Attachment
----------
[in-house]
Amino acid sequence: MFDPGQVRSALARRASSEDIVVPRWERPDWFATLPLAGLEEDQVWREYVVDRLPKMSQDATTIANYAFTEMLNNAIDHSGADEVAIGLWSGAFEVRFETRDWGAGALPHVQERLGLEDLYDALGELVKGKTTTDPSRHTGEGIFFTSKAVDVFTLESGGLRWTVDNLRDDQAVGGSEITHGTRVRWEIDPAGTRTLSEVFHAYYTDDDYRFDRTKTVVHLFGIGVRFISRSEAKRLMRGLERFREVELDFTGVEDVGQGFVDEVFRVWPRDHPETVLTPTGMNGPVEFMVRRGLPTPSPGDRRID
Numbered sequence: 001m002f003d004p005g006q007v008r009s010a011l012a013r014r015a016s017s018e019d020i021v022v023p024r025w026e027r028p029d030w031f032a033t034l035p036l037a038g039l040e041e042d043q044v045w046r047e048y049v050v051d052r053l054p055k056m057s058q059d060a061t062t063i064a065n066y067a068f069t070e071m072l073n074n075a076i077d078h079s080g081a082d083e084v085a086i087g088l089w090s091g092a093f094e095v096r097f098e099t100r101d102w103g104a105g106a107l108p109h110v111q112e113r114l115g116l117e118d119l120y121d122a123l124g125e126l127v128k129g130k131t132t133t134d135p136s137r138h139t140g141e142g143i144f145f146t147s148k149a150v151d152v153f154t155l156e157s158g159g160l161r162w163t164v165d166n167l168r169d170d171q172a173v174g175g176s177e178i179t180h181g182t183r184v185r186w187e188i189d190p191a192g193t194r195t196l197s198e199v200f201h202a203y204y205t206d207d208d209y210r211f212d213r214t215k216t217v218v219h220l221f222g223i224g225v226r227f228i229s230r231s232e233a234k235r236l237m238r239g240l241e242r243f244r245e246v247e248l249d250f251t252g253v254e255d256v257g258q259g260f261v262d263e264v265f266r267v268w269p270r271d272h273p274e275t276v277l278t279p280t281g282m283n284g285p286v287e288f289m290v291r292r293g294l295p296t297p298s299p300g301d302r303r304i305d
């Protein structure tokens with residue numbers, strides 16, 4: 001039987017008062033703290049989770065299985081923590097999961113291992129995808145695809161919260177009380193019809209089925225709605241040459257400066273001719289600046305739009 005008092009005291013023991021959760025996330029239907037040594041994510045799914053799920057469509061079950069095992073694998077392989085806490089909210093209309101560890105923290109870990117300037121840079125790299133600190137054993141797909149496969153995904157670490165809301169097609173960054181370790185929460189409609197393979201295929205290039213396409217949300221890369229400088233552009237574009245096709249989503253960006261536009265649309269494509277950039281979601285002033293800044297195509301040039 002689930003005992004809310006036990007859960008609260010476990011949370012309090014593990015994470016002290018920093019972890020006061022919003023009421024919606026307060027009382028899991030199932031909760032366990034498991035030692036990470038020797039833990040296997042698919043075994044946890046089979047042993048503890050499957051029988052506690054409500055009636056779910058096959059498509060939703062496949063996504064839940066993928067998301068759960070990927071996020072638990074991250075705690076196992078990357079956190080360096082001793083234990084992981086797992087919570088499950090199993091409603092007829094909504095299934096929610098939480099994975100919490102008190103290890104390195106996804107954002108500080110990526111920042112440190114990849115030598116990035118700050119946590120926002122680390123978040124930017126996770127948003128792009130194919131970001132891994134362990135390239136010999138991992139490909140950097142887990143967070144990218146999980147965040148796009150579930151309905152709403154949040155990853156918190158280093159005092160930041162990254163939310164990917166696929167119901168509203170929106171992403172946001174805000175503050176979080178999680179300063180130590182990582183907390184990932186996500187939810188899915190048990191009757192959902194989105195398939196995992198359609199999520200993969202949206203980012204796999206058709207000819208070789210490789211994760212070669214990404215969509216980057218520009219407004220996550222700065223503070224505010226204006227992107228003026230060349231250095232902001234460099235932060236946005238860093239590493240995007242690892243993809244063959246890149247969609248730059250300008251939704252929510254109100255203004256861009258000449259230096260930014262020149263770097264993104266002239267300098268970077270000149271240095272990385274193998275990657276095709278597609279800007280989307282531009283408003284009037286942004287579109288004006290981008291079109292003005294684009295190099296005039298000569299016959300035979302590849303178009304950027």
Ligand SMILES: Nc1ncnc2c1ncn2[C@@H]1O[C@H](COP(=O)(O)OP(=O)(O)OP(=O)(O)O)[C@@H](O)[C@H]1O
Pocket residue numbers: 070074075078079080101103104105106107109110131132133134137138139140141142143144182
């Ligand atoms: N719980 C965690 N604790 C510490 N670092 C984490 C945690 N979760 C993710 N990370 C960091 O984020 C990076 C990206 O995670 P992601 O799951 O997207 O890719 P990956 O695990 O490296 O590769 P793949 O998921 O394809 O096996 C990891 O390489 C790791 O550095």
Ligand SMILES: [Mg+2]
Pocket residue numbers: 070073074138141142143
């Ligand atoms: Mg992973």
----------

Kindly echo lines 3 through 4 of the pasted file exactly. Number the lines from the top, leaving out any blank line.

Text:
Numbered sequence: 001m002f003d004p005g006q007v008r009s010a011l012a013r014r015a016s017s018e019d020i021v022v023p024r025w026e027r028p029d030w031f032a033t034l035p036l037a038g039l040e041e042d043q044v045w046r047e048y049v050v051d052r053l054p055k056m057s058q059d060a061t062t063i064a065n066y067a068f069t070e071m072l073n074n075a076i077d078h079s080g081a082d083e084v085a086i087g088l089w090s091g092a093f094e095v096r097f098e099t100r101d102w103g104a105g106a107l108p109h110v111q112e113r114l115g116l117e118d119l120y121d122a123l124g125e126l127v128k129g130k131t132t133t134d135p136s137r138h139t140g141e142g143i144f145f146t147s148k149a150v151d152v153f154t155l156e157s158g159g160l161r162w163t164v165d166n167l168r169d170d171q172a173v174g175g176s177e178i179t180h181g182t183r184v185r186w187e188i189d190p191a192g193t194r195t196l197s198e199v200f201h202a203y204y205t206d207d208d209y210r211f212d213r214t215k216t217v218v219h220l221f222g223i224g225v226r227f228i229s230r231s232e233a234k235r236l237m238r239g240l241e242r243f244r245e246v247e248l249d250f251t252g253v254e255d256v257g258q259g260f261v262d263e264v265f266r267v268w269p270r271d272h273p274e275t276v277l278t279p280t281g282m283n284g285p286v287e288f289m290v291r292r293g294l295p296t297p298s299p300g301d302r303r304i305d
């Protein structure tokens with residue numbers, strides 16, 4: 001039987017008062033703290049989770065299985081923590097999961113291992129995808145695809161919260177009380193019809209089925225709605241040459257400066273001719289600046305739009 005008092009005291013023991021959760025996330029239907037040594041994510045799914053799920057469509061079950069095992073694998077392989085806490089909210093209309101560890105923290109870990117300037121840079125790299133600190137054993141797909149496969153995904157670490165809301169097609173960054181370790185929460189409609197393979201295929205290039213396409217949300221890369229400088233552009237574009245096709249989503253960006261536009265649309269494509277950039281979601285002033293800044297195509301040039 002689930003005992004809310006036990007859960008609260010476990011949370012309090014593990015994470016002290018920093019972890020006061022919003023009421024919606026307060027009382028899991030199932031909760032366990034498991035030692036990470038020797039833990040296997042698919043075994044946890046089979047042993048503890050499957051029988052506690054409500055009636056779910058096959059498509060939703062496949063996504064839940066993928067998301068759960070990927071996020072638990074991250075705690076196992078990357079956190080360096082001793083234990084992981086797992087919570088499950090199993091409603092007829094909504095299934096929610098939480099994975100919490102008190103290890104390195106996804107954002108500080110990526111920042112440190114990849115030598116990035118700050119946590120926002122680390123978040124930017126996770127948003128792009130194919131970001132891994134362990135390239136010999138991992139490909140950097142887990143967070144990218146999980147965040148796009150579930151309905152709403154949040155990853156918190158280093159005092160930041162990254163939310164990917166696929167119901168509203170929106171992403172946001174805000175503050176979080178999680179300063180130590182990582183907390184990932186996500187939810188899915190048990191009757192959902194989105195398939196995992198359609199999520200993969202949206203980012204796999206058709207000819208070789210490789211994760212070669214990404215969509216980057218520009219407004220996550222700065223503070224505010226204006227992107228003026230060349231250095232902001234460099235932060236946005238860093239590493240995007242690892243993809244063959246890149247969609248730059250300008251939704252929510254109100255203004256861009258000449259230096260930014262020149263770097264993104266002239267300098268970077270000149271240095272990385274193998275990657276095709278597609279800007280989307282531009283408003284009037286942004287579109288004006290981008291079109292003005294684009295190099296005039298000569299016959300035979302590849303178009304950027």